Drug-Shooting ‘Bazooka’ Seized In Mexico As Smugglers Aim Skyward
Enlarge this graphic toggle caption Brennan Linsley/AP Brennan Linsley/AP
As Mexican authorities continue to crack down on medication smugglers, criminals continue to aim high in a bid to evade them. The other day, Mexican authorities seized a jury-rigged bazooka and practically one ton of marijuana in the border city of Agua Prieta in Sonora status, the Mexican Attorney General said in a affirmation.
The bazooka have been “adapted” to employ a compressor for launching medications into the United States. The Mexican daily El General reports these devices was inside a van with a sliding roof, allowing the bazooka to shoot the medications from the covers of the vehicle.
Agua Prieta lies directly over the border from Douglas, Ariz. This past year, Mexican federal government authorities found another “homemade bazooka” in the city, this one measuring practically 10 feet lengthy, alongside an weather compressor inside a modified panel van without license plate. Officials state it was apparently employed for launching projectiles, possibly drugs, over the border.
ABC News video recording of homemade bazooka seized found in 2016. YouTube
Smugglers have been trying to hurl medications over the U.S.-Mexico border for a long time.
In 2011, as The Two-Way has reported, “smugglers tried by using a catapult to get pot into the U.S.” The next year, U.S. Customs and Border Protection agents found practically three dozen canisters filled up with 85 pounds of marijuana near Yuma, Ariz. and after smugglers in Mexico employed a pneumatic-powered cannon to shoot the medications 500 feet over the border.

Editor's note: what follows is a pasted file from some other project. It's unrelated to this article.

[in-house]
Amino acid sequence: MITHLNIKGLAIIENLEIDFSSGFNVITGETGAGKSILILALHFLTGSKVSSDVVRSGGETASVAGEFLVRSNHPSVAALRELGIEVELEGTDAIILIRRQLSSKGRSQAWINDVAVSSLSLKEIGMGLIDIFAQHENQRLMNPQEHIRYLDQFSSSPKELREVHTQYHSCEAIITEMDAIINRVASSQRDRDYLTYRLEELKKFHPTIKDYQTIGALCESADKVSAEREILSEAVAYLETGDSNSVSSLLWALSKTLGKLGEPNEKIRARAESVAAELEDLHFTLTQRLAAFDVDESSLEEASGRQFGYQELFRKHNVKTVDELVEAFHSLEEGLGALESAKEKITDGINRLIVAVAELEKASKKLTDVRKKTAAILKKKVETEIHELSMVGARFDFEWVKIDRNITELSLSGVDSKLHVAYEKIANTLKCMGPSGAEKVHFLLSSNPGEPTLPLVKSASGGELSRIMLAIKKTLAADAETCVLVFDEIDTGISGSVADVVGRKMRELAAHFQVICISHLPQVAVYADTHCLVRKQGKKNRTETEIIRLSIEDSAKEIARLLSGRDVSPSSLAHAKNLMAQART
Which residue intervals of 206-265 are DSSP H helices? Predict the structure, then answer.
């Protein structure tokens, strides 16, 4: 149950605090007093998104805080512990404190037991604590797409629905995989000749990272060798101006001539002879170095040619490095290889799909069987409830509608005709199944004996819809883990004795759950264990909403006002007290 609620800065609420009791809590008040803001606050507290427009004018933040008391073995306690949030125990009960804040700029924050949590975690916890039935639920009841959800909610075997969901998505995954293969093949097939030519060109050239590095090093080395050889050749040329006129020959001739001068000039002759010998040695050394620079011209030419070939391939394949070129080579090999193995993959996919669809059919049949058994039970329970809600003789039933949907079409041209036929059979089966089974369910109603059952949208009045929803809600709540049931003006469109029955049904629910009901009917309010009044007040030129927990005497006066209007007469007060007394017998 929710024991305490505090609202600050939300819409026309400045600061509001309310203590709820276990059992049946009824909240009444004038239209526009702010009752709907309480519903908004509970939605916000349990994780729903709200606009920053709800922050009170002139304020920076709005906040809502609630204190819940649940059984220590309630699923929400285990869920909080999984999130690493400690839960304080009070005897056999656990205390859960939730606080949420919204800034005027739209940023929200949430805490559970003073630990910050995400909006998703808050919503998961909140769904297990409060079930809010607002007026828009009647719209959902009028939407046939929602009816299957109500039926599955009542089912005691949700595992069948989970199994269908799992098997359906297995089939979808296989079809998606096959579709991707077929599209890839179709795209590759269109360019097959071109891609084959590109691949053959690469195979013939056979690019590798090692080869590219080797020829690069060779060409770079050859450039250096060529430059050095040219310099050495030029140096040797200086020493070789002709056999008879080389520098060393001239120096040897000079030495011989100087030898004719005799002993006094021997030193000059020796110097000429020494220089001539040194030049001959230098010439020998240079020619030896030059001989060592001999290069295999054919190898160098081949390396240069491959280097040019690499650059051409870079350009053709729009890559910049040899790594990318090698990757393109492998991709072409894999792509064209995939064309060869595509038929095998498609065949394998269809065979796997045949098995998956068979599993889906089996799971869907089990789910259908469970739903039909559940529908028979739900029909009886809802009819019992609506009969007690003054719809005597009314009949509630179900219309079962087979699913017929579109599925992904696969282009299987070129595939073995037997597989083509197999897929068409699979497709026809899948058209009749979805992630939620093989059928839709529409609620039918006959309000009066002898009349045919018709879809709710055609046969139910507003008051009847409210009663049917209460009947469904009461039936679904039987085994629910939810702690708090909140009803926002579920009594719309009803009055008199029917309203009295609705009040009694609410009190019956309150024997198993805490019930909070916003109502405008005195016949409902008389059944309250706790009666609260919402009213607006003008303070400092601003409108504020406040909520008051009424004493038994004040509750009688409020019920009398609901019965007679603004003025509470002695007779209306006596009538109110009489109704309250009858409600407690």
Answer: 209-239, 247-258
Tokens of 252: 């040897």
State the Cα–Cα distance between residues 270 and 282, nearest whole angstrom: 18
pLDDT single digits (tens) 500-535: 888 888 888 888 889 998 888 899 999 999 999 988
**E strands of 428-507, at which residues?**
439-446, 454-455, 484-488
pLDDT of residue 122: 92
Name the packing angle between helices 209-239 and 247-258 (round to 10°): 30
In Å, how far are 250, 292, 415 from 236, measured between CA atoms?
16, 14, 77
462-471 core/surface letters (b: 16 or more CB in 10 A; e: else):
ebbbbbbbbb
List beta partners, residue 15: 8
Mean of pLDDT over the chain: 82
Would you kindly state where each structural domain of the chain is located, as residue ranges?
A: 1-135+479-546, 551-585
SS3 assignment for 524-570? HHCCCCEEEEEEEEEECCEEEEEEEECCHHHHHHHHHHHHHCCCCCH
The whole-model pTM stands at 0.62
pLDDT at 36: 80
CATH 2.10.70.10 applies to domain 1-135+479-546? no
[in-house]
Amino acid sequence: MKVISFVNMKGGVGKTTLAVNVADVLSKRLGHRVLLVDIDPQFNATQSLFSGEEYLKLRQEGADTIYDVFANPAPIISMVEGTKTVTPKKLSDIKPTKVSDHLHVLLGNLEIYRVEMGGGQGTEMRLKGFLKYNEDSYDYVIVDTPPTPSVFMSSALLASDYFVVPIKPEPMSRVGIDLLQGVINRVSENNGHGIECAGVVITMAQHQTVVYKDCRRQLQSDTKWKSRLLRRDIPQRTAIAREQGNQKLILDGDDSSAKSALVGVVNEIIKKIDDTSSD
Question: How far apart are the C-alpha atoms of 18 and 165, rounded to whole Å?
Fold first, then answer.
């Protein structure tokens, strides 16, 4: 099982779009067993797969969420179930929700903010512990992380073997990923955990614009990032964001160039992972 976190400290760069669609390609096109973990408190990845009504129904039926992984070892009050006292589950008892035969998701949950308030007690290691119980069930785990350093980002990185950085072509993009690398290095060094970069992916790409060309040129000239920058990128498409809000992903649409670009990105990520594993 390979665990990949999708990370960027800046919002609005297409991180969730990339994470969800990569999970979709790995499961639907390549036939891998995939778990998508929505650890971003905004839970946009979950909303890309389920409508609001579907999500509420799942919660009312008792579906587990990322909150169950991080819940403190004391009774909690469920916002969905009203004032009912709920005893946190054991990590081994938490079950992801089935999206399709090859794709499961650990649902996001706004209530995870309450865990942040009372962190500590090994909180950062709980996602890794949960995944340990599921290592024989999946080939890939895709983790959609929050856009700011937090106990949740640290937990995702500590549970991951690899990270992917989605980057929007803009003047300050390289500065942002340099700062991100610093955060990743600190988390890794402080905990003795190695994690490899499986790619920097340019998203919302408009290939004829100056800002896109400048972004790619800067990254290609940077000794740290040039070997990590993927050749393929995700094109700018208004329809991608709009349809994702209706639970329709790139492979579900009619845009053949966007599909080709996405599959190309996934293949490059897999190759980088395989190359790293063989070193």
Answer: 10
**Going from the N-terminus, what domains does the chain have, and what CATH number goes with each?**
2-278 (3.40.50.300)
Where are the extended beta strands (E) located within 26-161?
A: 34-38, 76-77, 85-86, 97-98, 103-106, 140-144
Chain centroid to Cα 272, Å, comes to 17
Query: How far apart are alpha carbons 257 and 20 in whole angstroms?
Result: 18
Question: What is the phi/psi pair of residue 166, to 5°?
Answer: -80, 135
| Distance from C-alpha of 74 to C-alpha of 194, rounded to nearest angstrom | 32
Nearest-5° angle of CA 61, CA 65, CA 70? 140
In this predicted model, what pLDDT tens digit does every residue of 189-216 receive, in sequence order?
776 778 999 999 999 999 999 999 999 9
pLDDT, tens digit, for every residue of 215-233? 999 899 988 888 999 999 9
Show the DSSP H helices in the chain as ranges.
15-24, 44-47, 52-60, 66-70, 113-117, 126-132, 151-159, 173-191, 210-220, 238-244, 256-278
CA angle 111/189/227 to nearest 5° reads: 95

Need a better visual of how they work? Wired likened the products to the weather cannons found in “punkin’ chunkin'” contests.
Every year, Mexican-based transnational criminal organizations bring in medications by the “multi-ton” more than the Southwest U.S. border, based on the Drug Enforcement Agency. The most common smuggling method is merely to hide the medications in vehicles, the DEA says, but, boats, tunnels and drones will be also employed.
The Department of Homeland Reliability says the number of Border Patrol agents trying to stop the smugglers by land, sea and increasingly air, has practically doubled since 2004, now totaling practically 20,000.
In February, Paul Beeson, who heads a joint task force of DHS’s southern border campaign, testified to Congress that smugglers “previously threw, by hand, small plenty of drugs over the border fence, they now make use of compressed air cannons to start bundles of illicit narcotics more than 100 pounds over the border fence.”
Beeson said these businesses are “indicative of the ever-evolving and persistent intent of TCOs to exploit the border environment.”
NPR correspondent Carrie Kahn contributed to this report.